Ringarooma Ramsar Project

The Ringarooma Ramsar Project will protect the ecological character of the Flood Plain Lower Ringarooma River Ramsar site by improving and protecting the condition of the site’s floodplain, wetlands and swamp forest.


Water sampling and vegetation surveys will improve our knowledge and form the foundation for planning the most effective actions to protect this diverse wetland system. Prioritised on-ground land management actions to be implemented aim to improve the quality of surface water draining from dairy and grazing operations to the wetlands and remove infestations of high-threat environmental weeds from, and immediately adjacent to the site.

Baseline water quality sampling for Ringarooma_web.jfif

Baseline water quality sampling forms the foundation for planning.

Ringarooma RAMSAR from the air

The Ringarooma Ramsar site from the air.


The Flood Plain Lower Ringarooma River wetlands were designated a wetland of international importance under the Ramsar Convention in November 1982. The site is a complex wetland, coastal and estuarine ecosystem, incorporating both reserves and private agricultural land. The site includes the Boobyalla Inlet to the north and a mobile sand dune system and provides habitat for important and nationally-recognised threatened species.

Habitat transforming weeds, particularly gorse, willow, blackberry and boxthorn, are a major threat to the dune wetlands and native Melaleuca vegetation. Inappropriate land use in areas immediately adjacent to the wetland, such as stock and vehicle access, cause damage to the wetlands and Melaleuca vegetation, particularly at the margin, which may create long term impacts for the Ramsar site.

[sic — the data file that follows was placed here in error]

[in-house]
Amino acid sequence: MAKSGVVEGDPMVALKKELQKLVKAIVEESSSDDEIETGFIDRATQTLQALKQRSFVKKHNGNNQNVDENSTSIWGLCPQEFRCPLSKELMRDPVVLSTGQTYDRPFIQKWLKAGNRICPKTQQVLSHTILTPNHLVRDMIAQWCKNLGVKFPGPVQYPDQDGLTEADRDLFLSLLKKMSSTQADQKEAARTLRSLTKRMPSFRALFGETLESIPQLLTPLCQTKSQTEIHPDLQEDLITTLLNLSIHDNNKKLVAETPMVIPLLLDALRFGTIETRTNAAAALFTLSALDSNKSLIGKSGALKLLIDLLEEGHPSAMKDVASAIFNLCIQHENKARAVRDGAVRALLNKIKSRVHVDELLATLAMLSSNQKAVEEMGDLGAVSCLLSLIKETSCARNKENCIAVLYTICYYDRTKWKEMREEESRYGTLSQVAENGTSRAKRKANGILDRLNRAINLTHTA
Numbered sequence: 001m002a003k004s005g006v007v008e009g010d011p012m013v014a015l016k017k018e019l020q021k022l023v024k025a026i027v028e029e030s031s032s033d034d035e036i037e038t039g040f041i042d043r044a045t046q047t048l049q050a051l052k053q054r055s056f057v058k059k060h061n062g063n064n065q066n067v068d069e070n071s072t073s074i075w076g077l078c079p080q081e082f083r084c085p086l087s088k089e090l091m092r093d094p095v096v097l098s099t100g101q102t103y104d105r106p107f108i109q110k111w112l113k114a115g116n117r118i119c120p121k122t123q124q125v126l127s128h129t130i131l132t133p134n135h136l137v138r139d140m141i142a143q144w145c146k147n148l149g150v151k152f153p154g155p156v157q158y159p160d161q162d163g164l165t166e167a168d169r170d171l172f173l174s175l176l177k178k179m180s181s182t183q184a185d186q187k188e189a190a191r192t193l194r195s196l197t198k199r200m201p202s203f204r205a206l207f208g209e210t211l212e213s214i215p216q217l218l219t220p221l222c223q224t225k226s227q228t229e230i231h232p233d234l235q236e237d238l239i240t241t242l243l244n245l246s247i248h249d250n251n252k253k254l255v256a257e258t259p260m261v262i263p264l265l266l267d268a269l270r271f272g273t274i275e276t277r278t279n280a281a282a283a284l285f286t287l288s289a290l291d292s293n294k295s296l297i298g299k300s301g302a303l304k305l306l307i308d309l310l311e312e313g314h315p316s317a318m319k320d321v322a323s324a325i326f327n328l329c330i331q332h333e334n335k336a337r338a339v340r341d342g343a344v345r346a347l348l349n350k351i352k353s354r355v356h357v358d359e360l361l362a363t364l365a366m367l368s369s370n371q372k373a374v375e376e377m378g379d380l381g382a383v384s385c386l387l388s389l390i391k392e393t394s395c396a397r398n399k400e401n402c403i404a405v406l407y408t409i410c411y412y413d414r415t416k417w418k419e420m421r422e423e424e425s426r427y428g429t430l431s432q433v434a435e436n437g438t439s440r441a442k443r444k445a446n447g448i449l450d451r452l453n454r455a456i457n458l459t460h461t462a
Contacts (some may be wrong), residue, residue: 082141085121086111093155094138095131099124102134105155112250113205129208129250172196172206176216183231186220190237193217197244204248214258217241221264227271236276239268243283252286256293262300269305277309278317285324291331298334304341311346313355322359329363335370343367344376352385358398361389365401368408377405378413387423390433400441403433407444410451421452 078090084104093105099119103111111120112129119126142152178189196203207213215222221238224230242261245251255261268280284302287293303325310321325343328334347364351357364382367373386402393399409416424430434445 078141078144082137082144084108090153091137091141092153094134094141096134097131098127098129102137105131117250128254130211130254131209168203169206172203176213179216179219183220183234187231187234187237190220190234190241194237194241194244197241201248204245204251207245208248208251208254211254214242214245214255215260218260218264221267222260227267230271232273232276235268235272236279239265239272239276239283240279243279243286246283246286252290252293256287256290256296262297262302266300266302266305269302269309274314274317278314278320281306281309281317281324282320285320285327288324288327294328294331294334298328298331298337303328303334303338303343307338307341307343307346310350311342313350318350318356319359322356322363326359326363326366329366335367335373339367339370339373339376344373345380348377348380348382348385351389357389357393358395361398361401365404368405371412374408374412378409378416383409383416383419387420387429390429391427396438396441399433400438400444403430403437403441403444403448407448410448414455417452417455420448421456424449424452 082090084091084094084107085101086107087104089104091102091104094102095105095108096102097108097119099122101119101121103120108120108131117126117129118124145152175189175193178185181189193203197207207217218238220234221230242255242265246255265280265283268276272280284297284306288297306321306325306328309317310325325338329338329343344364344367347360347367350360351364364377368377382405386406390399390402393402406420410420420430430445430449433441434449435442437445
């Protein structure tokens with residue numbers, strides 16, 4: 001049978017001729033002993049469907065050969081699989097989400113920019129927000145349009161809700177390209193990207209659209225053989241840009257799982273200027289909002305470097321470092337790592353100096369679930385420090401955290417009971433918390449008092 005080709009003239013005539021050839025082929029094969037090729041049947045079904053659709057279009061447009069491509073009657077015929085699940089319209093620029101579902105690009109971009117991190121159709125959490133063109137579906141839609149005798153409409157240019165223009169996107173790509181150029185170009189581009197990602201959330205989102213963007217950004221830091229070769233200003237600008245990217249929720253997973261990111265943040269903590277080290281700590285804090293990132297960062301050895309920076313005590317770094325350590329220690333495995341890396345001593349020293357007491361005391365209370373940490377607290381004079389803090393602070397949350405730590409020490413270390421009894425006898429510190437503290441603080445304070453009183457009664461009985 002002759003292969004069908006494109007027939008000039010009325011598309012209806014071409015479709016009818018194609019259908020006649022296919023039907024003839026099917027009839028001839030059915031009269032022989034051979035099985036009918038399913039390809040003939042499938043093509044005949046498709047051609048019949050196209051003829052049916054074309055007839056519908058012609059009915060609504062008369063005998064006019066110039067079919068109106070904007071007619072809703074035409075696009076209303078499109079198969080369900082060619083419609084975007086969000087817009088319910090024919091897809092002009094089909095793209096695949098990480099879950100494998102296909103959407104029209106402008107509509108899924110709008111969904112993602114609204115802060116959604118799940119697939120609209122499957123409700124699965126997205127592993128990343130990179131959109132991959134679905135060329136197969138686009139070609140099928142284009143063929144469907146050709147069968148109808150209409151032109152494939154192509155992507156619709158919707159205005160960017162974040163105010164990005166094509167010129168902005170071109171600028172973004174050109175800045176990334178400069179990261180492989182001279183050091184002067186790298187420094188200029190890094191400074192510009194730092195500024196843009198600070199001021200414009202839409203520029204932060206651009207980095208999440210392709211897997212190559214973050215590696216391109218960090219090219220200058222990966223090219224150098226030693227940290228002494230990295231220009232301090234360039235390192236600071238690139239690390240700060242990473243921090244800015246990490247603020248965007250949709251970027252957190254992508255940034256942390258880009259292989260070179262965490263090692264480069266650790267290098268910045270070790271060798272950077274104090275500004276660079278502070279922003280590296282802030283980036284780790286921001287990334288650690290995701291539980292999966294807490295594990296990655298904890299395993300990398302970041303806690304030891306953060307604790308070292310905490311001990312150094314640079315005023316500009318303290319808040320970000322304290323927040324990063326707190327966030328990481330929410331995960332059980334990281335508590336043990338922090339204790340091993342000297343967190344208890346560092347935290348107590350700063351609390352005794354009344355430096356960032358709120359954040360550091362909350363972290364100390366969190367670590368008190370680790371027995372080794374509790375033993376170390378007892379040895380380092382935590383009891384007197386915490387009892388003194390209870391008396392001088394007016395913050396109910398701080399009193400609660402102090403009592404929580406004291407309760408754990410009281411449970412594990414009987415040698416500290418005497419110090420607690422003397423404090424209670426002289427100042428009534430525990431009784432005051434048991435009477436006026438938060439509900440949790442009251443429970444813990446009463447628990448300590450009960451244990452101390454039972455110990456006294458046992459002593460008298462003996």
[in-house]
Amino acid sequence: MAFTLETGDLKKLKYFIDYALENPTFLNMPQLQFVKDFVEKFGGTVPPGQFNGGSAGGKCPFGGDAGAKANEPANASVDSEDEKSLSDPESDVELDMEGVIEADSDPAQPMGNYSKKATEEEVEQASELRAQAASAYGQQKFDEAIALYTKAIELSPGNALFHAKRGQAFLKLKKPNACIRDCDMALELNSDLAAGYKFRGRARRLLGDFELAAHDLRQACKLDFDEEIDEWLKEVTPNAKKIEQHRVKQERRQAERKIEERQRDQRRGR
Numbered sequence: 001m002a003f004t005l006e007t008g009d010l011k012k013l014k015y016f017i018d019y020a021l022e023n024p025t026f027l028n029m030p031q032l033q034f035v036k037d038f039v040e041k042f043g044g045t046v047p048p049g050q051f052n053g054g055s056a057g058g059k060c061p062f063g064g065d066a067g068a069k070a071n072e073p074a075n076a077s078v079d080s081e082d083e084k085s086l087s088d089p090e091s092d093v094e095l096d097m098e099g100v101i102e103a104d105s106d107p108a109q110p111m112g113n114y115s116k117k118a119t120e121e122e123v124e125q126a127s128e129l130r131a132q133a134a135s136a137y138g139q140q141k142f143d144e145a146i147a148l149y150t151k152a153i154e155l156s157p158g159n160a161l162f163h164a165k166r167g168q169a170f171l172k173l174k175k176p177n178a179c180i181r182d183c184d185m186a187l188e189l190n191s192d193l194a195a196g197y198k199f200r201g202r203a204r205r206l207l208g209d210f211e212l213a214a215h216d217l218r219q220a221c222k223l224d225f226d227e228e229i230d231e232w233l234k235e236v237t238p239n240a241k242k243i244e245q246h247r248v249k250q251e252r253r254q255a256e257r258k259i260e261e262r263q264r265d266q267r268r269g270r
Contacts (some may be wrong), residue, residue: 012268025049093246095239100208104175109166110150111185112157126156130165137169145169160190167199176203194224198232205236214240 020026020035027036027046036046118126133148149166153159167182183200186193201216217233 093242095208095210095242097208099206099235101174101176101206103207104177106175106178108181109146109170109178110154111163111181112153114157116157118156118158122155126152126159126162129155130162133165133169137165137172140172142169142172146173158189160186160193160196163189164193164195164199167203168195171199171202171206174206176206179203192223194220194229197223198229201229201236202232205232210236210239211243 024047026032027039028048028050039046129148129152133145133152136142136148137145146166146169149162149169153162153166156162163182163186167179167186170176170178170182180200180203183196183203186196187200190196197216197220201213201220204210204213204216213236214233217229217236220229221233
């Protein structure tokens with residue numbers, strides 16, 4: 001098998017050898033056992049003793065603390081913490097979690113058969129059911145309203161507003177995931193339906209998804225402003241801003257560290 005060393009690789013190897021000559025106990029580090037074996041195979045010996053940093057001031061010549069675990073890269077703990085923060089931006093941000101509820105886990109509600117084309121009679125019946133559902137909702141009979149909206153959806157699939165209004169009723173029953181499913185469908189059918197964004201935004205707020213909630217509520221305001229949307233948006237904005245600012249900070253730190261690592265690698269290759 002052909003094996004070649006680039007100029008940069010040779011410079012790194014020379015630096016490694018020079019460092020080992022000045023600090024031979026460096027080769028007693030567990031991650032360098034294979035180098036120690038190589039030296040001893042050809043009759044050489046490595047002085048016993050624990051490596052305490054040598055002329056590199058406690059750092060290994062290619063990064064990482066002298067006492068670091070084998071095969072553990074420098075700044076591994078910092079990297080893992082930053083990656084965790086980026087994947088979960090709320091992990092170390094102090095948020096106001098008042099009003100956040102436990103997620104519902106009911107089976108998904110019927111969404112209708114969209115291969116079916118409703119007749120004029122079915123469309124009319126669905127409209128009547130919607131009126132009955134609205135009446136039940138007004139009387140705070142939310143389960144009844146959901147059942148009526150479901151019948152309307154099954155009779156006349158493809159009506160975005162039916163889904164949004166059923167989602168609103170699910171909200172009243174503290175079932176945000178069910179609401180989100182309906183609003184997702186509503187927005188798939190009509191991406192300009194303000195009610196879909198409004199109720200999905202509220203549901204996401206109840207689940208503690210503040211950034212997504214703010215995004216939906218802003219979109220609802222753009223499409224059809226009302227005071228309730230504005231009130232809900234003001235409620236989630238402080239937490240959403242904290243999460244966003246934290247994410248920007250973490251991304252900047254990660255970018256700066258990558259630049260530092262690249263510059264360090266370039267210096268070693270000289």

'Agricultural land forms part of this internationally listed wetland site, which also encompasses freshwater, estuarine and coastal ecosystems.'

Ringarooma_Ag land web.jpg
Ringarooma Ramsar focus area

The Ringarooma Ramsar site is located in the far north-east of Tasmania.


The quality and extent of estuarine and freshwater floodplain wetland native vegetation within the Ringarooma Ramsar site will measurably improve against baseline levels through:

  • physical removal of accessible habitat-transforming weeds (including gorse, willow, blackberry and boxthorn) within the site and within 1km of the site boundaries;
  • restriction of stock access to the site’s floodplain wetlands; and
  • working with landholders to implement works to reduce nutrient inputs from on-farm watercourses draining to the site.


This project is supported by NRM North, through funding from the Australian Government's National Landcare Program.


This project is supported by NRM North, through funding from the Australian Government's National Landcare Program.